“We have a two-tier system where one set of workers can effectively contribute very large amounts to their plans and fund pensions that are worth $1 to $2 million at retirement … and then you have a second class of workers who can’t hope to accumulate even half of those amounts because their contribution room is limited.”
An accumulation limit of $2 million of for tax-deferred saving was suggested (in a 2011 paper), he adds, because that’s the approximate value of the pension the tax-deferred system allows currently for DB plan members.
“Most people in the workforce would not accumulate $2 million; some might get to $1 million, others to $500,000. But just like having too much RRSP room doesn’t do any harm, having too much accumulation room won’t hurt either.”
The contribution ceiling now found in RRSPs not only prevents Canadians from funding towards a target benefit, it doesn’t allow them to catch up when savings take a hit during market downturns, says Pierlot.
“If you go through a market downturn such as 2008 where many people lost as much as 30 per cent of their savings, you get no room to catch up in an RRSP or a DC or a PRPP. But in a DB plan, the tax rules give that 30 per cent back to you in contribution room – so you are able to catch up.”
The C.D. Howe report’s suggested accumulation limit for tax-free pension saving – $250,000 – is intended to allow lower- and middle-income workers to save effectively for retirement, while limiting tax-avoidance opportunities for higher-income workers.
The reality of one group of workers being able to fund towards a secure, target benefit, while the other can’t is a significant societal problem, says Pierlot, one that will only be solved by changing the tax rules governing savings plans. Apparently, that’s easier said than done. Pension tax rules first appeared in 1917, and it wasn’t until 1965 that pension standards evolved, first in Ontario and then in other jurisdictions.
“Anything you want to do in terms of pension innovation must flow from the tax rules. How can you build a target benefit plan in the private sector if the tax rules do not allow employee contributions to fund a target pension? Right now, only an employer can, subject to very limited exceptions, and increasingly employers do not want to take that risk.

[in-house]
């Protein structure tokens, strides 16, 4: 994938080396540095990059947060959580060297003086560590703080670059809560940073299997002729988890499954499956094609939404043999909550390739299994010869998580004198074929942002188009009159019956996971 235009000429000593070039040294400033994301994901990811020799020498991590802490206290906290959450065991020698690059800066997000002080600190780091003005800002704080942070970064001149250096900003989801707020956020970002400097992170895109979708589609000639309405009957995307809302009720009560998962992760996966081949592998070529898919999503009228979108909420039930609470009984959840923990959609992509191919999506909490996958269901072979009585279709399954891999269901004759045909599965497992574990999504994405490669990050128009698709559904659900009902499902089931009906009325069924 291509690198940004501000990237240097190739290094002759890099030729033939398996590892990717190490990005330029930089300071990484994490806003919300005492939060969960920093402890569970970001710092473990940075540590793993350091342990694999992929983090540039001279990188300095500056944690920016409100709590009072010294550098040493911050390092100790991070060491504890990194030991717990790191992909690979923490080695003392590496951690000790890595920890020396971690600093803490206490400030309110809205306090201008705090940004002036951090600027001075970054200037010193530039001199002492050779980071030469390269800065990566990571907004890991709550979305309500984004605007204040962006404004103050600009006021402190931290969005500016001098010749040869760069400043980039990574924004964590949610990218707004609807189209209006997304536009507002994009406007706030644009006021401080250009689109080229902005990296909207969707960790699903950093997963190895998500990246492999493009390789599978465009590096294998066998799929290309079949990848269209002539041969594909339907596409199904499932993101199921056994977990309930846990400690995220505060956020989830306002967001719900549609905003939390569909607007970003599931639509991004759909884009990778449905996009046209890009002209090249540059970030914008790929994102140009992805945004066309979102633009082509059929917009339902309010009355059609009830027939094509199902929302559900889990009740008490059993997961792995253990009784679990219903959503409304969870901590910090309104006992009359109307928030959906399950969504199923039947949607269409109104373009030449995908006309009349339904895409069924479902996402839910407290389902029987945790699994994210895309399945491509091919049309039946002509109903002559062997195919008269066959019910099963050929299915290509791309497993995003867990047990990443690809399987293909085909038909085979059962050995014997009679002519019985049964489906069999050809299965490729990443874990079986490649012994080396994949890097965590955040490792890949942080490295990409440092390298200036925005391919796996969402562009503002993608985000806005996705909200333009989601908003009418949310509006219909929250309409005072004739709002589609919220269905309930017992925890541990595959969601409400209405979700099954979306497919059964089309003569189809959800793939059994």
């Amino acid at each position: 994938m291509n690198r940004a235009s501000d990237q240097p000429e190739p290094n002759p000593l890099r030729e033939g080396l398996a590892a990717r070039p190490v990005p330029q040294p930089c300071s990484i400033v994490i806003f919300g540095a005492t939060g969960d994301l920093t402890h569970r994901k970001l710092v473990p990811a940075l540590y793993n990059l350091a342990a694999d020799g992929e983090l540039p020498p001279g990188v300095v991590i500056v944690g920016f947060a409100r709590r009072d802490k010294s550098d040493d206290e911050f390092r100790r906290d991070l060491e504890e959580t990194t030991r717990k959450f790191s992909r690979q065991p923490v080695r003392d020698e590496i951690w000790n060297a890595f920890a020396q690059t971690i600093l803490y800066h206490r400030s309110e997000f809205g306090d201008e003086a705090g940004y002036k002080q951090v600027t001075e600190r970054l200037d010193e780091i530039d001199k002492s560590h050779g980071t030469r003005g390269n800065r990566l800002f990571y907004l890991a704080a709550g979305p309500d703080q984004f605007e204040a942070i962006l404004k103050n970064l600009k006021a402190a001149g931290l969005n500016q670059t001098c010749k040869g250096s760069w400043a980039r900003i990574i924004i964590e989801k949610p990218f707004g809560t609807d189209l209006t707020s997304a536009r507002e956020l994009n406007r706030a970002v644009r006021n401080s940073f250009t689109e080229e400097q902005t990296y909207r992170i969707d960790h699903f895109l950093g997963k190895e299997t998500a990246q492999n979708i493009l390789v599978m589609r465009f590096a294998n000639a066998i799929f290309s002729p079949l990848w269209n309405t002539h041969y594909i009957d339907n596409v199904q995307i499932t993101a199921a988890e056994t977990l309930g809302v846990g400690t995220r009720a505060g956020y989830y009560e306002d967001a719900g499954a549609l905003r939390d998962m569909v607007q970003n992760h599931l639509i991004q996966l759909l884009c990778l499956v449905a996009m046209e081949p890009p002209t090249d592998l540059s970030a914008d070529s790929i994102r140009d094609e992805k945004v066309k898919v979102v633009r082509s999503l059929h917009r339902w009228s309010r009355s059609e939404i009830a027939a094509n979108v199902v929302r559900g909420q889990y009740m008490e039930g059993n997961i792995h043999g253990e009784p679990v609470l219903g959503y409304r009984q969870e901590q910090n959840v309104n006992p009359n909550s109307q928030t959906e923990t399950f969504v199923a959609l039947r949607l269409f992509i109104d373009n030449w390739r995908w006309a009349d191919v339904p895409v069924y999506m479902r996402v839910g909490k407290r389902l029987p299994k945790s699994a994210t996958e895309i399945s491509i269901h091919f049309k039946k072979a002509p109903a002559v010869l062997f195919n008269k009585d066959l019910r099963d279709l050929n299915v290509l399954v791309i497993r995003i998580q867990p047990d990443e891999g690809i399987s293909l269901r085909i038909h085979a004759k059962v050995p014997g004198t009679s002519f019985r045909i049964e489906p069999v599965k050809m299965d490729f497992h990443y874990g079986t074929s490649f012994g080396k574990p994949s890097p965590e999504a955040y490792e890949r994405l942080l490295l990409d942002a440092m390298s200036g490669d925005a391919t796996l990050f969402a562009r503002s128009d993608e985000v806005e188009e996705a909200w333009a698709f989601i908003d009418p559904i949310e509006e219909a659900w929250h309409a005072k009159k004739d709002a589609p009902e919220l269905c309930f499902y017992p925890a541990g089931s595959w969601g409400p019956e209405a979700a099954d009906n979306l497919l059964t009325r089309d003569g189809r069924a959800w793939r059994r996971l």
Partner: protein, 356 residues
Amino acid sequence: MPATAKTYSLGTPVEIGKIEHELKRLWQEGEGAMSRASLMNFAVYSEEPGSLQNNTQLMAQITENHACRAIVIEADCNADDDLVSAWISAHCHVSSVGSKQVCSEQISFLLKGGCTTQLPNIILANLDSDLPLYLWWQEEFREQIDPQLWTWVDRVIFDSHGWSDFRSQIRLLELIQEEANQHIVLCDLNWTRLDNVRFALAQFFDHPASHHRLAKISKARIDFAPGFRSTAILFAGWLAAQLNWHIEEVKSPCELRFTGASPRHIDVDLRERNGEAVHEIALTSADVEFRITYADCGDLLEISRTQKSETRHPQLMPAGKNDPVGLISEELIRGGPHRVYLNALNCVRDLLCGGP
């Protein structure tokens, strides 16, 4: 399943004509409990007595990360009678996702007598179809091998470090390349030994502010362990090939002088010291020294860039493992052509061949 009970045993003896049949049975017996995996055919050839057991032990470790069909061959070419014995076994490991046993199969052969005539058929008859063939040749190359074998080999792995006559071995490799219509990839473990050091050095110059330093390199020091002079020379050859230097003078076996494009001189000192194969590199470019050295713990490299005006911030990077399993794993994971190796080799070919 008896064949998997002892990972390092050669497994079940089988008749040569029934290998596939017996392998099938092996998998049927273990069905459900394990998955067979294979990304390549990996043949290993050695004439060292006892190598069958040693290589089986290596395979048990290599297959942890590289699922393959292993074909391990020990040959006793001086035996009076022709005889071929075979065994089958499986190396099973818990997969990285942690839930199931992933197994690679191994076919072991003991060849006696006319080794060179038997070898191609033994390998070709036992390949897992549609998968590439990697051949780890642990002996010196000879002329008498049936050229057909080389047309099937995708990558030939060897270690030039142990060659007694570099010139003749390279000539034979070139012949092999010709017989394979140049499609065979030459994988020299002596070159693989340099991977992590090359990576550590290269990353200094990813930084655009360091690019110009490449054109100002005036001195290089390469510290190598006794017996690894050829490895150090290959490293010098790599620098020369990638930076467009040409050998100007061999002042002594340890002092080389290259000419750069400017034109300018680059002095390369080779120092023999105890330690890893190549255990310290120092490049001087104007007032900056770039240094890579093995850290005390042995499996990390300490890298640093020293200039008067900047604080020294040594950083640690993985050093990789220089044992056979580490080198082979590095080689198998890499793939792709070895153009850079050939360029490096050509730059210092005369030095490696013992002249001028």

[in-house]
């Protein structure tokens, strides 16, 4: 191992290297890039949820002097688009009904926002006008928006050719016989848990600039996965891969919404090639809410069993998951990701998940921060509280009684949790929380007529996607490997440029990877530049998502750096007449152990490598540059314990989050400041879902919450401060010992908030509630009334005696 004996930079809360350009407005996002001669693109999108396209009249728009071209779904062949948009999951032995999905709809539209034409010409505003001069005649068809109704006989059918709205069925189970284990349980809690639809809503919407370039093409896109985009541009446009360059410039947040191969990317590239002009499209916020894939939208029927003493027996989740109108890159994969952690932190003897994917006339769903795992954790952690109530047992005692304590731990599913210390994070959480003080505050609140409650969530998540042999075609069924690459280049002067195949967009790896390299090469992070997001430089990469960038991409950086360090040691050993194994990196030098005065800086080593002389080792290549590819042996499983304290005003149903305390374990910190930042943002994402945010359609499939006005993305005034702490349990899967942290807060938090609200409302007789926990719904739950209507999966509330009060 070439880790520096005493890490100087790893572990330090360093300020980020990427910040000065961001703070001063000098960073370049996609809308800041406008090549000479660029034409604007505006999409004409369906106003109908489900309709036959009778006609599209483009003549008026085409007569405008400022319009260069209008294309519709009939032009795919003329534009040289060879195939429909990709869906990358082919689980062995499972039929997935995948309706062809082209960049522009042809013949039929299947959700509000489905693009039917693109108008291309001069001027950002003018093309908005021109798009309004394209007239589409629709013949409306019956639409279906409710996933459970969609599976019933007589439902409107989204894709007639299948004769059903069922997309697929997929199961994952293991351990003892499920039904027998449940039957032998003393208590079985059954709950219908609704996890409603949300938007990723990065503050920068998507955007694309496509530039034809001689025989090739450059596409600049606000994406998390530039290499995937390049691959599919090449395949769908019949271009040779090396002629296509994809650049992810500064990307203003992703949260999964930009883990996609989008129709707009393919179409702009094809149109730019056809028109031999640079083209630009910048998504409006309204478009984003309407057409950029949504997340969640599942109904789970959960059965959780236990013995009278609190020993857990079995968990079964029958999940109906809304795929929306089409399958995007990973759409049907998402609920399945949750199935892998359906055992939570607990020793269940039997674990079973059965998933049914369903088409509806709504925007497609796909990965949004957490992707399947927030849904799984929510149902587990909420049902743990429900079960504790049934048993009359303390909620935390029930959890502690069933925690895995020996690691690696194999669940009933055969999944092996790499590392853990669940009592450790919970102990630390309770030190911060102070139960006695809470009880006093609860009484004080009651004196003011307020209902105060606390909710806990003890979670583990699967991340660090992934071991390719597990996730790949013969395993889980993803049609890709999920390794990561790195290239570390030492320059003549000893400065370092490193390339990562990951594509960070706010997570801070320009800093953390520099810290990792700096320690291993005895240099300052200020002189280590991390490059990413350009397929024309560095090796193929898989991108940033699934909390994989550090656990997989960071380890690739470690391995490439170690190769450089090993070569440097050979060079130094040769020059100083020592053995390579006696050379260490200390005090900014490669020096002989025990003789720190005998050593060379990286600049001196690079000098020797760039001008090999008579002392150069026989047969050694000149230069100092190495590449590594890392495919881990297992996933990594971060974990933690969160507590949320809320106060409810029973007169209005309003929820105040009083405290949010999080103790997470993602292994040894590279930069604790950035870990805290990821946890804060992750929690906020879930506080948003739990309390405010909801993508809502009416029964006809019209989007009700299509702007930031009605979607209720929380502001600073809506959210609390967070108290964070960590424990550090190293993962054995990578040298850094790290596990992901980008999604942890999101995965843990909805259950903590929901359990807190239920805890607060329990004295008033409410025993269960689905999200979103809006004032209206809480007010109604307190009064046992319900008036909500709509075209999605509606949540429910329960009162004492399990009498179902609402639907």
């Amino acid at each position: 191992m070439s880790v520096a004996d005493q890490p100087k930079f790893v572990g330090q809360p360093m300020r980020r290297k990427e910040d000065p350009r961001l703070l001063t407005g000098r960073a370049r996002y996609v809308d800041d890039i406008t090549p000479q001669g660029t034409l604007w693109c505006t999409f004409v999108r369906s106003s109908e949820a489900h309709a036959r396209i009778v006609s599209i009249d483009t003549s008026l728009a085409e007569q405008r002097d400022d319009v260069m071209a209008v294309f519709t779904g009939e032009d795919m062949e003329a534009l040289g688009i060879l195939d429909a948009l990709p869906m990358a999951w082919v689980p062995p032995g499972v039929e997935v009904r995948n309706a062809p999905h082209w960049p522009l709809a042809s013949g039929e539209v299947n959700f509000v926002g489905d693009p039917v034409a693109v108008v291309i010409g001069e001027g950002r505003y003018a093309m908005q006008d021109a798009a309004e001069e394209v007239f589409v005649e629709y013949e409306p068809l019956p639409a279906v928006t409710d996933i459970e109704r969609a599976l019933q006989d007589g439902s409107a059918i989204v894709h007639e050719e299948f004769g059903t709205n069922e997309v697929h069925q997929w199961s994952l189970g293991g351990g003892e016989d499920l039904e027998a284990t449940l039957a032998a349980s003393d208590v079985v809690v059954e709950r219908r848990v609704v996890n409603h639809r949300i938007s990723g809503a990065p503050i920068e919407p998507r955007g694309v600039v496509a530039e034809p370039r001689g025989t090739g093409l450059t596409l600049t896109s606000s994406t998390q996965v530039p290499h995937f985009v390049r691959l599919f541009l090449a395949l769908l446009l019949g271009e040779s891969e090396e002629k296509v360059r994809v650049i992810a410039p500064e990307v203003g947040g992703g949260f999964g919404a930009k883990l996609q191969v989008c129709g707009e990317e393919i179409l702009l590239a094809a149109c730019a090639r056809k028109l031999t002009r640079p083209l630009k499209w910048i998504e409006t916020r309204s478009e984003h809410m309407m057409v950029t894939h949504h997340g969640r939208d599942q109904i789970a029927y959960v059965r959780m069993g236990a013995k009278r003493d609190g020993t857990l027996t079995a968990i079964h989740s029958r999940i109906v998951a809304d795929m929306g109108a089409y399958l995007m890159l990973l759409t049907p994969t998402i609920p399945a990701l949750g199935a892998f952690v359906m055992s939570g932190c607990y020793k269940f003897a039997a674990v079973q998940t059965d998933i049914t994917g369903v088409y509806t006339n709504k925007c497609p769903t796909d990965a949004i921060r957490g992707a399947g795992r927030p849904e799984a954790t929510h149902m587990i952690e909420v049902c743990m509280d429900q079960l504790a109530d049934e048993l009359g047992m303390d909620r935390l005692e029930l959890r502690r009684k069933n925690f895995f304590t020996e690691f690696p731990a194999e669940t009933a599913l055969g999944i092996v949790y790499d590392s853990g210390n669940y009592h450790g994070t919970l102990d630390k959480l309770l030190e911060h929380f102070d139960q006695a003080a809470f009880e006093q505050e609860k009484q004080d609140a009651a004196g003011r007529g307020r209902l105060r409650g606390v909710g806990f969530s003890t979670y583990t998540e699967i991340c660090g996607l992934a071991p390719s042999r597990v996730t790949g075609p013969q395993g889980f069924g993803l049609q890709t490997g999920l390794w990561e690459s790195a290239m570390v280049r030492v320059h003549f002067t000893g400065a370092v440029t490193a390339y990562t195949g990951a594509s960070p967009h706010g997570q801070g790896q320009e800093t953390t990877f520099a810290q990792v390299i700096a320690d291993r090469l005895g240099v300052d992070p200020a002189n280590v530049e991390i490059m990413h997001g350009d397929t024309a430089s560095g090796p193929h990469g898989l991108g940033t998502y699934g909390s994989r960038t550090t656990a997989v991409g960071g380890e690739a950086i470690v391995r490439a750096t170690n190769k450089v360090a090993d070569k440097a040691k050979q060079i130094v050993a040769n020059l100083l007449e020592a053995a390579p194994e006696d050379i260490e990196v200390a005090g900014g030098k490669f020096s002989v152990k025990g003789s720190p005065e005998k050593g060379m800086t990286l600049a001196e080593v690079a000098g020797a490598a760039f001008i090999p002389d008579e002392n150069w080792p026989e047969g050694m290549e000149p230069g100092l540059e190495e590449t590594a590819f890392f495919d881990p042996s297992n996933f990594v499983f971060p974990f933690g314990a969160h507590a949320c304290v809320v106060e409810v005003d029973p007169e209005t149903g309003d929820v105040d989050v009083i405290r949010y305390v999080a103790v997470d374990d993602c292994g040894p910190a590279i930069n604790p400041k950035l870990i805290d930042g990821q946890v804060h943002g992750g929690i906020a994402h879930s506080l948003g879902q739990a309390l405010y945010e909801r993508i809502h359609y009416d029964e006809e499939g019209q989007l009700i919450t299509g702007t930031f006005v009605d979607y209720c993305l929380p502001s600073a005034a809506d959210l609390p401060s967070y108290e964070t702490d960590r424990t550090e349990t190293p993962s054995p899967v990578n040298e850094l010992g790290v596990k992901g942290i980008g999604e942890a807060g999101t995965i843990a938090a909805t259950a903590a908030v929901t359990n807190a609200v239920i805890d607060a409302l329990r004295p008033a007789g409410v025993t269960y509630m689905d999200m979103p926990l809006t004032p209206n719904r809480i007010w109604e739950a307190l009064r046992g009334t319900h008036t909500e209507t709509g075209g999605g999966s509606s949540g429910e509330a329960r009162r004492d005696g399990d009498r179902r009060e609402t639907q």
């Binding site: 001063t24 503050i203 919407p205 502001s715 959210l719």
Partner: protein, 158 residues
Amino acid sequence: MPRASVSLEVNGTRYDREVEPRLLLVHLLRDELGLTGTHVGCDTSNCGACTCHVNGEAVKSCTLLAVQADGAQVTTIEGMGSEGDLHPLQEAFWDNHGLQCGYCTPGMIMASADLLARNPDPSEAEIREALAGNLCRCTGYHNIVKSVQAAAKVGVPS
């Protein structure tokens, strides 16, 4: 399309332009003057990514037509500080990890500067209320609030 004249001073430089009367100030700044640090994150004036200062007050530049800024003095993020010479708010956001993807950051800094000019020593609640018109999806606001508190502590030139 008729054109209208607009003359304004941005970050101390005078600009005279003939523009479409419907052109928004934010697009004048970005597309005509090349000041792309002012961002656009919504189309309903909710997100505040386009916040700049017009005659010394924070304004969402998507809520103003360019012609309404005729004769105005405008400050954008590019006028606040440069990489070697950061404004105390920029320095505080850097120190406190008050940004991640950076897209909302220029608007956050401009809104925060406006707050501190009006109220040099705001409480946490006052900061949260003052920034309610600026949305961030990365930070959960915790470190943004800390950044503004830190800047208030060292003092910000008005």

“If tax rules continue to allow DB pension plan members much more contribution room than people get in RRSPs, and PRPP contribution are subject to RRSP limits, it’s hard to see how PRPPs could make any difference to the people who need them.”
And, he adds, a meaningful solution can’t be based on a ‘race to the bottom’ and needs to recognize the value of Canada’s large DB pension plans.
“The question is how can we bring people up, not bring people down? The worst thing we could possibly do is to dismantle the public pension systems we have in Canada. They are among the best in the world, with all-in operating costs for investment management, administration, employee communications, etc., between .35 and .7 per cent of assets. Few plans in the private sector can match that.”
The way ahead, he says, to providing more Canadians a secure, dignified retirement is by creating new pension vehicles to increase Canadians’ flexibility to save in the way that makes sense for them – increasing their saving room, and allowing them to contribute towards predictable, target pension benefits.
“Why don’t the rules allow me to contribute my own money to buy a target pension in a fund where my money is professionally managed on a non-profit basis, is well governed and everyone is paid to act in my interest?”
John Devine writes for the Alliance for Retirement Income Adequacy. Read the ARIA blog at ariapensions.ca, and follow ARIA on Twitter.